A conservative force is a force with the property that the work done in moving a particle between two points is independent of the path taken. Equivalently, if a particle travels in a closed loop, the net work done (the sum of the force acting along the path multiplied by the distance travelled) by a conservative force is zero.

A conservative force is dependent only on the position of the object. If a force is conservative, it is possible to assign a numerical value for the potential at any point. When an object moves from one location to another, the force changes the potential energy of the object by an amount that does not depend on the path taken. Gravity and spring forces are examples of conservative forces.

If a force is not conservative, then defining a scalar potential is not possible, because taking different paths would lead to conflicting potential differences between the start and end points. Nonconservative forces transfer energy from the object in motion (just like conservative force), but they do not transfer this energy back to the potential energy of the system to regain it during reverse motion. Instead, they transfer the energy from the system in an energy form which can not be used by the force to transfer it back to the object in motion. Friction is one such nonconservative force.

### Path Independence of Conservative Force

Work done by the gravity in a closed path motion is zero. We can extend this observation to other conservative force systems as well. We imagine a closed path motion. We imagine this closed path motion be divided in two motions between points A and B as diagramed in Fig 1. Starting from point A to point B and then ending at point A via two work paths named 1 and 2 in the figure. The total work by the conservative force for the round trip is zero:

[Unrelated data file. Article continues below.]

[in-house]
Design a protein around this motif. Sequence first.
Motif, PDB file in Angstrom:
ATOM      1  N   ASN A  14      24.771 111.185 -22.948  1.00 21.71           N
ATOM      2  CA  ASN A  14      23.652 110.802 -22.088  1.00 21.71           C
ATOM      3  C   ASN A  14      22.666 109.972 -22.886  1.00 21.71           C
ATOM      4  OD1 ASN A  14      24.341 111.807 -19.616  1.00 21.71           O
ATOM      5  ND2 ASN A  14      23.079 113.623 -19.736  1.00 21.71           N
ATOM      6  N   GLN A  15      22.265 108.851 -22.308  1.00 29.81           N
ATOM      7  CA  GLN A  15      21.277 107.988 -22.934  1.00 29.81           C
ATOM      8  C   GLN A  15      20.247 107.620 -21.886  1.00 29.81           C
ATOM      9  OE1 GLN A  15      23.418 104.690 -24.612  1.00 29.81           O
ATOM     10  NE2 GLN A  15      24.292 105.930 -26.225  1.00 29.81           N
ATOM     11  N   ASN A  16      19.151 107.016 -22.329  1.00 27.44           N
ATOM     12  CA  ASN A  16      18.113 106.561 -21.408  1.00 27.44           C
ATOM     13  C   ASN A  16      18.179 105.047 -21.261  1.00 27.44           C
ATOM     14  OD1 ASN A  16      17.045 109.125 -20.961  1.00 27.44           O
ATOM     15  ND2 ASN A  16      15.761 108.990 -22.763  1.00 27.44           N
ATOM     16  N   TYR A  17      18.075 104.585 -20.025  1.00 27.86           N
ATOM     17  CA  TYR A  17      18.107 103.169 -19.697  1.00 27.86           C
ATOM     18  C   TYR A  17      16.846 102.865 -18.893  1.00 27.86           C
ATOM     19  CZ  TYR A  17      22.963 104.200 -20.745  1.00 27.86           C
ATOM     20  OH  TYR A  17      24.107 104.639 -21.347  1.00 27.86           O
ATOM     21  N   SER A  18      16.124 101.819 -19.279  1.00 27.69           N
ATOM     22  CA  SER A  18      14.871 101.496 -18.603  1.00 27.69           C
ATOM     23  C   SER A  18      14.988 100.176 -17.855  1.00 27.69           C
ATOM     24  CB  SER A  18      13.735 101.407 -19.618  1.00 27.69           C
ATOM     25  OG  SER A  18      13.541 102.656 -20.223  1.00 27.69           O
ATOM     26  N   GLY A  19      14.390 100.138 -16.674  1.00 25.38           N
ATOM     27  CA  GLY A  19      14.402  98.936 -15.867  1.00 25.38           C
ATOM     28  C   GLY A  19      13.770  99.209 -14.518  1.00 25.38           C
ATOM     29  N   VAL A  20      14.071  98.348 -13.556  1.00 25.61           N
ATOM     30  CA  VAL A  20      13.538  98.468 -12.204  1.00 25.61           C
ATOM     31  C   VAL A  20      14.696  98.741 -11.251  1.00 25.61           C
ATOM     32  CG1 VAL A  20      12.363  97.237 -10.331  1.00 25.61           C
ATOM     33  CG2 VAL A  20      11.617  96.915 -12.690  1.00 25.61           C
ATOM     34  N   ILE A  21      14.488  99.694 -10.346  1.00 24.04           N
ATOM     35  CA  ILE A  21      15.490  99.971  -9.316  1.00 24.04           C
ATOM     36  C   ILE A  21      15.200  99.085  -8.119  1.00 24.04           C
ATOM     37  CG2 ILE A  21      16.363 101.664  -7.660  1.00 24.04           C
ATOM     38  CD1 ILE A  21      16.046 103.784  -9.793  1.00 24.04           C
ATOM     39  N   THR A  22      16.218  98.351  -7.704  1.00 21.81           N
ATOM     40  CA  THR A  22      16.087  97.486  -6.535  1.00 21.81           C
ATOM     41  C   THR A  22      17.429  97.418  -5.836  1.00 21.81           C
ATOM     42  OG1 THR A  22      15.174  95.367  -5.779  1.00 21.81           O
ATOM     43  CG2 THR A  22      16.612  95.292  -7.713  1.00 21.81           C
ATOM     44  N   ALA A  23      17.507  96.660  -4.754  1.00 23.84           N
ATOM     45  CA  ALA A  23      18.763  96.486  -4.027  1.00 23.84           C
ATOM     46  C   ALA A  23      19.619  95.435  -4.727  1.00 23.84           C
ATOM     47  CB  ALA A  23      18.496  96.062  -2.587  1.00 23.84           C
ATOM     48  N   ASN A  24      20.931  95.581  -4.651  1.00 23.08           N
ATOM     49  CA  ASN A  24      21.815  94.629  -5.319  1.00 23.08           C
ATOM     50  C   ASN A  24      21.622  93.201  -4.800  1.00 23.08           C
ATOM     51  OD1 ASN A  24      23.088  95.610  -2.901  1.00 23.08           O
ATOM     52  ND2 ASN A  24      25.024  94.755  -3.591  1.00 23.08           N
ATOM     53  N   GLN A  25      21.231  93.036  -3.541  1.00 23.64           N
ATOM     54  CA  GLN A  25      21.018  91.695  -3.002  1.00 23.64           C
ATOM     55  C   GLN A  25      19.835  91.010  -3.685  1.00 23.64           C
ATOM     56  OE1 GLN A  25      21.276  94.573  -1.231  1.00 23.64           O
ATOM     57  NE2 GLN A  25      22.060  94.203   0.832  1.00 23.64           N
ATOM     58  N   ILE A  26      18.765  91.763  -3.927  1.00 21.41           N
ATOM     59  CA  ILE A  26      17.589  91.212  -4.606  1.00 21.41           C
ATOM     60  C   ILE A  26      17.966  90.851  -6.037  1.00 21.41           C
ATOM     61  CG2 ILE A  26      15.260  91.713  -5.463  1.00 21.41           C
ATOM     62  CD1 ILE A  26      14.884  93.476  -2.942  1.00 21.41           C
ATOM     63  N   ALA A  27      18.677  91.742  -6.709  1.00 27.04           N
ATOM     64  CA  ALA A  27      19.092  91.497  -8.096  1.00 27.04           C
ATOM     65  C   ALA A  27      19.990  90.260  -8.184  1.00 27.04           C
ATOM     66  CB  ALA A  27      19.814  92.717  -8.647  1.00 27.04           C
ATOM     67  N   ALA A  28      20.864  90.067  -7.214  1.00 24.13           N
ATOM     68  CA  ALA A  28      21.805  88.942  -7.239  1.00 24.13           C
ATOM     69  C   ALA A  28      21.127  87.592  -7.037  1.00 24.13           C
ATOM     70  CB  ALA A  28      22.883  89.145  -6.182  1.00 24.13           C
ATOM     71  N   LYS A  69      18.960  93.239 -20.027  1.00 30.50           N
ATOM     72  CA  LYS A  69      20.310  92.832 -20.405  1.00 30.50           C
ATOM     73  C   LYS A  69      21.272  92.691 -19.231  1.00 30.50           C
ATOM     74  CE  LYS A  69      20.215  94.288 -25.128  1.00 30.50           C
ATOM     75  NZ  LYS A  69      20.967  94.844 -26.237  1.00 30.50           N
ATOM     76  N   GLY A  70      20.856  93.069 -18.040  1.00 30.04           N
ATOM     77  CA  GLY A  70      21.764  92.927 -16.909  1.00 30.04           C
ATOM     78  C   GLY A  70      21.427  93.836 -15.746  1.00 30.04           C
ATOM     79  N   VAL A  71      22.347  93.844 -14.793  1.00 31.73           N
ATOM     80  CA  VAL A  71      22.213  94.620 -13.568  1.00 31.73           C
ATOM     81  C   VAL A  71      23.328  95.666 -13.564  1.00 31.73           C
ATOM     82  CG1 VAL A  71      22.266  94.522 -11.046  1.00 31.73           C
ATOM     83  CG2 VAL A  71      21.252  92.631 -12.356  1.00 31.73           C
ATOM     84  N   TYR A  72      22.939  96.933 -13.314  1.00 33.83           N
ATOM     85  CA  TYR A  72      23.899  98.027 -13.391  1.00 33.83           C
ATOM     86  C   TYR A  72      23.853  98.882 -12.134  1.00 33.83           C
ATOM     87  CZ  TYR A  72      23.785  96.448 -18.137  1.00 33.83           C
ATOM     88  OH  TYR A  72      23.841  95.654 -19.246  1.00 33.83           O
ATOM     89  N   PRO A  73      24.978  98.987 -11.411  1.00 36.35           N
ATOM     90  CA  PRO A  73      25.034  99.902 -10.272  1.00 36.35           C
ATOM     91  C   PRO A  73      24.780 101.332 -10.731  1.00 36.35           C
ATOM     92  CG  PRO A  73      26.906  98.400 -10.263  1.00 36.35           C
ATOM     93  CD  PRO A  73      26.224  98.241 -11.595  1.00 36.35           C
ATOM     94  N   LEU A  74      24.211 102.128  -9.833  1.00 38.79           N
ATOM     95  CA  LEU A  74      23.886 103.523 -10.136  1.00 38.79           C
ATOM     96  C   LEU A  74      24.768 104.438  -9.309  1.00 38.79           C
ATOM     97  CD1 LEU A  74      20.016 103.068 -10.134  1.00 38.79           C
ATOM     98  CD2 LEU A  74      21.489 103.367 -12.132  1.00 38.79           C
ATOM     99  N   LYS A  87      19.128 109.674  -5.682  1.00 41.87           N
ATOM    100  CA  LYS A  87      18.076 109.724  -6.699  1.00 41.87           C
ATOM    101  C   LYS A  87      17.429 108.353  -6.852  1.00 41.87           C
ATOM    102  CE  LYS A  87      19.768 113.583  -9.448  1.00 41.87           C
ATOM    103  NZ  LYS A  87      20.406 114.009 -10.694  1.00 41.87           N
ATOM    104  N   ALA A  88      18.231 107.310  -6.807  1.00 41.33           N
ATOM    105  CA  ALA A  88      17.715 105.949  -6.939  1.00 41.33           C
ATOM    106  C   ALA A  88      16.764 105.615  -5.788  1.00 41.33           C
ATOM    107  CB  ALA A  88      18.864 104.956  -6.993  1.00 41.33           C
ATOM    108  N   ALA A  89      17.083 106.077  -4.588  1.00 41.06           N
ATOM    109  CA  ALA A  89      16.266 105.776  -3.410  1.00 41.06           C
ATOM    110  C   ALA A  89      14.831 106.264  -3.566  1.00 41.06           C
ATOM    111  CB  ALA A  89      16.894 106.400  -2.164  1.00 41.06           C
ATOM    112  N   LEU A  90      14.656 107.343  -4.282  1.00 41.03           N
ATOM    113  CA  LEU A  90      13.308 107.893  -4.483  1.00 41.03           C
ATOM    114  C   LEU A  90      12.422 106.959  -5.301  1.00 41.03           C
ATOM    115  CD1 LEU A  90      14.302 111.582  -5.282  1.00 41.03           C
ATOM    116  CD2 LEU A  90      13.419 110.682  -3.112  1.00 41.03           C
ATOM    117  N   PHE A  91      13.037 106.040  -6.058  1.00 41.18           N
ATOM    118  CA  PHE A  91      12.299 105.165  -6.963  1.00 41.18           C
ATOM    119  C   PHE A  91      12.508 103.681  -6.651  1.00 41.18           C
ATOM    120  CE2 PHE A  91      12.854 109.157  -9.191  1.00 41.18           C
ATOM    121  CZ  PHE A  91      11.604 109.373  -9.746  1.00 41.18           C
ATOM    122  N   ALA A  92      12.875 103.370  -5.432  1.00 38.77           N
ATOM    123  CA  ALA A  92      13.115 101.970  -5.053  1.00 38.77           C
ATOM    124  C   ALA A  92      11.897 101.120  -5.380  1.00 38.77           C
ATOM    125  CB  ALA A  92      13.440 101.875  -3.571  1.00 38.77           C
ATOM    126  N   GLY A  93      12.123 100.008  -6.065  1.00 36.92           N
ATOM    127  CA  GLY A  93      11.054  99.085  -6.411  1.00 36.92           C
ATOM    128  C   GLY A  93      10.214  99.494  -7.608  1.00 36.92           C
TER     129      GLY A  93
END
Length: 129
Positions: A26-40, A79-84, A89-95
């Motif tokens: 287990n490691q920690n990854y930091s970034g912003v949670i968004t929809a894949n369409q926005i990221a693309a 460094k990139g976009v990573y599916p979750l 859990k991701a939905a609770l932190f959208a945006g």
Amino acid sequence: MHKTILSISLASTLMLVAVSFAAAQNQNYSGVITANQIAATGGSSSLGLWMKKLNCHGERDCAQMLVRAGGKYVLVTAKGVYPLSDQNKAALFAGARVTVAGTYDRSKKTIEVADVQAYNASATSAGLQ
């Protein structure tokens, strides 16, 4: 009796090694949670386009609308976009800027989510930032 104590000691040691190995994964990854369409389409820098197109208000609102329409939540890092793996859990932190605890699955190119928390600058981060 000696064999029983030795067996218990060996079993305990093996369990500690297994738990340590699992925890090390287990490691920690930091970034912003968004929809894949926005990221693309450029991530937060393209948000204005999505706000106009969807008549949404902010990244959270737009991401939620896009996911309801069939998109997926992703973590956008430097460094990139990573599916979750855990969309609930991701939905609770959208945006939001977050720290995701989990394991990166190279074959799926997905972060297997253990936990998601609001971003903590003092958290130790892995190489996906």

Motion Along Different Paths: Motion along different paths. For a conservative force, work done via different path is the same.

$\mathrm{W = W_{AB1}+W_{BA2} = 0.}$

Let us now change the path for motion from A to B by another path, shown as path 3. Again, the total work by the conservative force for the round trip via new route is zero: $$\mathrm{W = W_{AB3}+W_{BA2} = 0.}$$.

Comparing two equations, $$\mathrm{W_{AB1} = W_{AB3}}$$. This is true for an arbitrary path. Therefore, work done for motion from A to B by conservative force along any paths are equal.

## What is Potential Energy?

Potential energy is the energy difference between the energy of an object in a given position and its energy at a reference position.

learning objectives

• Relate the potential energy and the work

Potential energy is often associated with restoring forces such as a spring or the force of gravity. The action of stretching the spring or lifting the mass of an object is performed by an external force that works against the force field of the potential. This work is stored in the force field as potential energy. If the external force is removed the force field acts on the body to perform the work as it moves the body back to its initial position, reducing the stretch of the spring or causing the body to fall. The more formal definition is that potential energy is the energy difference between the energy of an object in a given position and its energy at a reference position.

Potential Energy in a Bow and Arrow: In the case of a bow and arrow, the energy is converted from the potential energy in the archer’s arm to the potential energy in the bent limbs of the bow when the string is drawn back. When the string is released, the potential energy in the bow limbs is transferred back through the string to become kinetic energy in the arrow as it takes flight.

If the work for an applied force is independent of the path, then the work done by the force is evaluated at the start and end of the trajectory of the point of application. This means that there is a function U(x), called a “potential,” that can be evaluated at the two points x(t = t1) and x(t2) to obtain the work over any trajectory between these two points. It is tradition to define this function with a negative sign so that positive work is represented as a reduction in the potential:

\begin{align}\mathrm{W} & \mathrm{= \int_{C}F⋅dx= \int_{x(t_1)}^{x(t_2)}F⋅dx} \\ & \mathrm{=U(x(t_1))−U(x(t_2))=−ΔU.} \end{align}

### Examples of Potential Energy

There are various types of potential energy, each associated with a particular type of force. More specifically, every conservative force gives rise to potential energy. For example, the work of an elastic force is called elastic potential energy; work done by the gravitational force is called gravitational potential energy; and work done by the Coulomb force is called electric potential energy.